In a documentary that debuts on PBS Frontline this week, author Doug Rushkoff explores the relationship between big corporate brands and the young people who are so quick to promote what they “like” on social media.

“Generation Like” sheds light on the ever-changing advertising and marketing industry and the phenomenon of teens being relentlessly marketed to online — while also becoming the marketers.

Building on his 2001 documentary “Merchants of Cool,” in which Rushkoff underlined a similar “cat-and-mouse game” between MTV and teenagers, Rushkoff talked to teenagers across the country about how their desire to identify with what’s cool, by, say, “liking” the Twilight film series Facebook page or retweeting messages from Nabisco’s Oreo brand can turn into cash for those companies.

According to Rushkoff, impressionable teens who have replaced the habit of plastering their favorite band or film posters on their bedroom walls are now inhabiting the digital space in droves, and most of them have no idea just how much their Facebook shares and retweets are benefiting the trendiest brands out there.


Photo by Jason Howie on Flickr and used here with Creative Commons license.

Teens now have the option to engage directly with brands on social media and earn “digital currency.” Photo by Jason A. Howie on Flickr and used here with Creative Commons license.

“Generation Like” delves into the business of big brand social media marketing, specifically by talking to some of the young adults that have made careers from an abundance of “digital currency” — likes, shares, favorites, retweets and more.

Young people like Tyler Oakley, for example, who simply use social media as a way to connect and present their unique identity to the web community, somehow end up with nods, free stuff and additional opportunities to boast on a particular brand to the online following they’ve amassed.

It’s actually not a complicated concept: Companies are working toward a certain number of ad impressions, views and clicks in order to be profitable, so they often use teens, especially those who are particularly active on the web, to sell their products for them.

Each time young people are prompted to share about an upcoming blockbuster, or sing their favorite artists’ praises, or perhaps show their support for something as seemingly innocuous as a cookie (everyone remember the gay pride Oreo controversy?), companies are collecting that social media data and forming demographic profiles of the users making their content go viral.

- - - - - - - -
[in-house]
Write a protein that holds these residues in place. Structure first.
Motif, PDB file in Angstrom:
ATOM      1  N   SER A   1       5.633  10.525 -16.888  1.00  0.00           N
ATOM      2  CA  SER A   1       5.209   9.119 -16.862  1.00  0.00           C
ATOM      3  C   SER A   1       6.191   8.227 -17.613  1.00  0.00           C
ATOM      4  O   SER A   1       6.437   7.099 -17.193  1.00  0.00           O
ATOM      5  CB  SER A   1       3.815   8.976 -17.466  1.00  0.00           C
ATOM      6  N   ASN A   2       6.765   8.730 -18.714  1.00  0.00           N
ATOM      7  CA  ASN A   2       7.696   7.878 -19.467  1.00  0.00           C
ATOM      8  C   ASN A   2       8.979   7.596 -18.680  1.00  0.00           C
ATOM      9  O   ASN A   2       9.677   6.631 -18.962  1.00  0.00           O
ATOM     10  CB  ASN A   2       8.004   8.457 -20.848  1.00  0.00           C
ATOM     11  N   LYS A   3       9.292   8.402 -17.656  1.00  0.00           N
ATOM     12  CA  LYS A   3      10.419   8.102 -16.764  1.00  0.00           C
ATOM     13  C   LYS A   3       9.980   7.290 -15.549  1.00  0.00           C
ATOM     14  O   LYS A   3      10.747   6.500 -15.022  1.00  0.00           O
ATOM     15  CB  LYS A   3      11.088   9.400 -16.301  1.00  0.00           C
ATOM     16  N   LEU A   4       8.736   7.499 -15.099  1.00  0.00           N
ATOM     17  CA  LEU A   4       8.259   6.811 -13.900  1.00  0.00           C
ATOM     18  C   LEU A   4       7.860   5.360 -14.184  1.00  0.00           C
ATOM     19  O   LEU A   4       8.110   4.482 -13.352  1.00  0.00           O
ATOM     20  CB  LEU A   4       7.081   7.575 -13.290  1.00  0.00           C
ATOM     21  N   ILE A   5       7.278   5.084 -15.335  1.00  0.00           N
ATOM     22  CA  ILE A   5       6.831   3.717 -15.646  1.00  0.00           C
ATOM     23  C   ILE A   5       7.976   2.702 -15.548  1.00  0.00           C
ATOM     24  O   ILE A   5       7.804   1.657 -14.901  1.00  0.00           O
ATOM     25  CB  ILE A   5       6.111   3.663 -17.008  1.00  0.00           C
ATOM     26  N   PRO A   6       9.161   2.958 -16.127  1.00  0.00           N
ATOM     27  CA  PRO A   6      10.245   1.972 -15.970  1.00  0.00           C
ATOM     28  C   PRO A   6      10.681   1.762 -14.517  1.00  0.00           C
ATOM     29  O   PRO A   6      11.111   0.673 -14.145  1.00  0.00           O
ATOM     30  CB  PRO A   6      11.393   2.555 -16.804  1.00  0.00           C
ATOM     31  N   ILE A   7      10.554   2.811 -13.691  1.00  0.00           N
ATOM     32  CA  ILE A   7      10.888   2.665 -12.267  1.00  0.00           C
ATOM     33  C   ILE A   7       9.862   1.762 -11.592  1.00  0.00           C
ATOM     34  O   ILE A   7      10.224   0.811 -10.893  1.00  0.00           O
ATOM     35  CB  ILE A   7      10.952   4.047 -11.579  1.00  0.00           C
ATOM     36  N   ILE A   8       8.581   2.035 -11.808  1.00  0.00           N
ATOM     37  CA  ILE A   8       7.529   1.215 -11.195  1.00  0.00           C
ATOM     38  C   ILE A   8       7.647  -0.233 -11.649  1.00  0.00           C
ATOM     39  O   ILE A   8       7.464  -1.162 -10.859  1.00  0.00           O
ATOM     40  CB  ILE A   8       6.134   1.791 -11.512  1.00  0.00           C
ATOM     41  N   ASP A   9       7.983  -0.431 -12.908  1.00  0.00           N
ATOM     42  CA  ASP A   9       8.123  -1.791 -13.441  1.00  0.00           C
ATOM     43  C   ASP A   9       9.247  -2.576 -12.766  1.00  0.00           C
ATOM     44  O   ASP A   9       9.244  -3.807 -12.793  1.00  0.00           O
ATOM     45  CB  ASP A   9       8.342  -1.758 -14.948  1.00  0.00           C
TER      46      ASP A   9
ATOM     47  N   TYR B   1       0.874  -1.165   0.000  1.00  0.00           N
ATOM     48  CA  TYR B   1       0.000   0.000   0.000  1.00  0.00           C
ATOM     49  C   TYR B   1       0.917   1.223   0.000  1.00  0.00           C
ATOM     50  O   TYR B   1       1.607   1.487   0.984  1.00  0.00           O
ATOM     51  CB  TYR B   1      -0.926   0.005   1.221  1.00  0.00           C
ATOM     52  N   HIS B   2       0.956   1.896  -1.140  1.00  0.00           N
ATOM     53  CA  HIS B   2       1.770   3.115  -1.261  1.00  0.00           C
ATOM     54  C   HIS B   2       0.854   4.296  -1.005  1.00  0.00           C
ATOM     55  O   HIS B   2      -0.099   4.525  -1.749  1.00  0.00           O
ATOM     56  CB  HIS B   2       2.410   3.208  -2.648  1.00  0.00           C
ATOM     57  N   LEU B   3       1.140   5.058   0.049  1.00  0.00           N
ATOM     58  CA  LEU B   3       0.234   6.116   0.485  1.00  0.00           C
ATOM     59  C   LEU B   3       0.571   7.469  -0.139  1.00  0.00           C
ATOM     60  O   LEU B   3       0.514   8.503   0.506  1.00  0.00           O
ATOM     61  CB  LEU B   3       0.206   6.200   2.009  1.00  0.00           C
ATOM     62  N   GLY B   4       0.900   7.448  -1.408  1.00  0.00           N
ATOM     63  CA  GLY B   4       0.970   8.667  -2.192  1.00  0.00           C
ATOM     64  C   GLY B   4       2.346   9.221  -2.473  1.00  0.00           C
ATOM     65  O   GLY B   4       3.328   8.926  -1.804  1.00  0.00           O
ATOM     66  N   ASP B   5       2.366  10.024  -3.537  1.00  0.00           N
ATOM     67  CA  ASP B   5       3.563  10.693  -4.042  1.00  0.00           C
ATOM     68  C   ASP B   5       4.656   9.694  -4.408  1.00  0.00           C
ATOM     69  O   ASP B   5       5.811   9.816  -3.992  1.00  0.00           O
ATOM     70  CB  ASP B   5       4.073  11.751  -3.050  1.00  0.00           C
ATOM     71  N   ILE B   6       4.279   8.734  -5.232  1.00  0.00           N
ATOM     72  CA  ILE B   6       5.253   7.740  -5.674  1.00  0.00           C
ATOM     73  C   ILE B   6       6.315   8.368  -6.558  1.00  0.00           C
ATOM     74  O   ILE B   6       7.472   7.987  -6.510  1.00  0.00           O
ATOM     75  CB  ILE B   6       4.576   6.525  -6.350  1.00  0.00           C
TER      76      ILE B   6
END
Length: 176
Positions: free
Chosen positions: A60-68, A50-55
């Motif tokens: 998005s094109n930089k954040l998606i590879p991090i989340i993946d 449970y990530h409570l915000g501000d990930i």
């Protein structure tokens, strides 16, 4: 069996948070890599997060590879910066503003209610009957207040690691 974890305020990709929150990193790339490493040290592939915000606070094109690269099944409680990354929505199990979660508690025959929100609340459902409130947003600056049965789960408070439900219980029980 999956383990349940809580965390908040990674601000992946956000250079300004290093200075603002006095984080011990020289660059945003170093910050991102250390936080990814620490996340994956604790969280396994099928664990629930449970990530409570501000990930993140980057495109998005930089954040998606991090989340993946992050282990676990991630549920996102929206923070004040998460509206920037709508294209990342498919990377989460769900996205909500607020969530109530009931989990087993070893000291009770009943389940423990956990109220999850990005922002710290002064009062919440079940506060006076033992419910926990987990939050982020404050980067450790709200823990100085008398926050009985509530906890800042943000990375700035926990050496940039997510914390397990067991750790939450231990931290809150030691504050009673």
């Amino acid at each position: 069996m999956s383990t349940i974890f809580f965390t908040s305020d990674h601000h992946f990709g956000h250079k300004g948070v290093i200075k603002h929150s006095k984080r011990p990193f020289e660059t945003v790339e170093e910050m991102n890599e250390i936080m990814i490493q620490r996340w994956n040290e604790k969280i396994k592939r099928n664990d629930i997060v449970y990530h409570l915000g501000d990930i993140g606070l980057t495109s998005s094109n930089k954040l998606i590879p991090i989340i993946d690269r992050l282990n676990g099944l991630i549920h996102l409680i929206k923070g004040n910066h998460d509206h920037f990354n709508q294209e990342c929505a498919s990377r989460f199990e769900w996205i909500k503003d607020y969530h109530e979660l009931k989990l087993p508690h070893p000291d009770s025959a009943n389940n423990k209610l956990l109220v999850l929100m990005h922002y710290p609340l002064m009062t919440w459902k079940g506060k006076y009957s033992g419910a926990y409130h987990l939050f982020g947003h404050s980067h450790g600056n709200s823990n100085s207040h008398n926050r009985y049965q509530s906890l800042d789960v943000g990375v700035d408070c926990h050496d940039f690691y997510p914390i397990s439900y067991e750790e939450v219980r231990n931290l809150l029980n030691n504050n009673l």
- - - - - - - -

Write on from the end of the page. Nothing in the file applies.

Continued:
What comes next? Brands convert a high volume of “likes” and shares” into dollars and cents.

The result of this seemingly symbiotic relationship might suggest that campaigns like the Oreo one, for instance, received exclusively organic traffic. But what Rushkoff finds is that there is much more going on behind the scenes. As he says in “Generation Like,” “what’s designed to look like a grassroots wave of excitement is actually a meticulously planned marketing strategy.”


While the readiness of young people to be willing participants in the new social media marketing game was Rushkoff’s most surprising discovery in his research, he told me was also shocked at what he learned about the marketers of all things “cool.”

“They’re transparent and open about it,” he said. “I thought marketers would hide their strategy.”

So, what do we make of this blossoming form of social media marketing? Is it fair to label it exploitation of the teenagers who, having grown up in “generation like,” know no other way of life?

“Exploitation is a strong word,” Rushkoff said. But, the playing field is unequal, and when push comes to shove, someone will have to win. In the end, “It’s the company’s value system that will win out.”

It’s clear that marketers are following the research out there on teens and their social media habits, like this November 2013 report from Pew Research Center. Not only have advertising pros learned exactly how young people share, but they’ve also learned just what drives them to share their content and promote their goods and services.

As social media stats keep demonstrating growth, and teens continue being active online, what is there to do about the blurry line between brands and their young consumers?

Rushkoff isn’t exactly sure, but he knows this: “The platforms on which teenagers are spending their time… are embedded with values that we may not be fully aware of.”

When will young people figure out that their every retweet, like and share for big brand products isn’t solely an expression of self, but part of a scrupulous plan by marketers to sell their Oreos, Sharpies and Taco Bell?

“These kinds of things ebb and flow,” Rushkoff said. “Over time, there will be a reaction against it,” he told me. “I’m kind of hopeful we’ll have another burst of awareness.”

PBS Frontline’s “Generation Like” debuted Tuesday, Feb. 18 and will re-air several times this week. Check for local listings here. A preview can be found below:

Angela Washeck is a freelance writer and editor based in Dallas. She is a proud graduate of Texas A&M University, where she earned a Bachelor of Arts in Communication with a journalism minor. Angela also writes for MediaBistro’s 10,000 Words blog and, and she once interned with TV newsmagazine “Dan Rather Reports.” Her work has been republished on Editor and Publisher, the American Press Institute and more. When Angela is not busy with PBS MediaShift work, you can find her watching “How I Met Your Mother” reruns, watching Aggie football and attending indie/folk concerts in Dallas. Follow her @angelawasheck.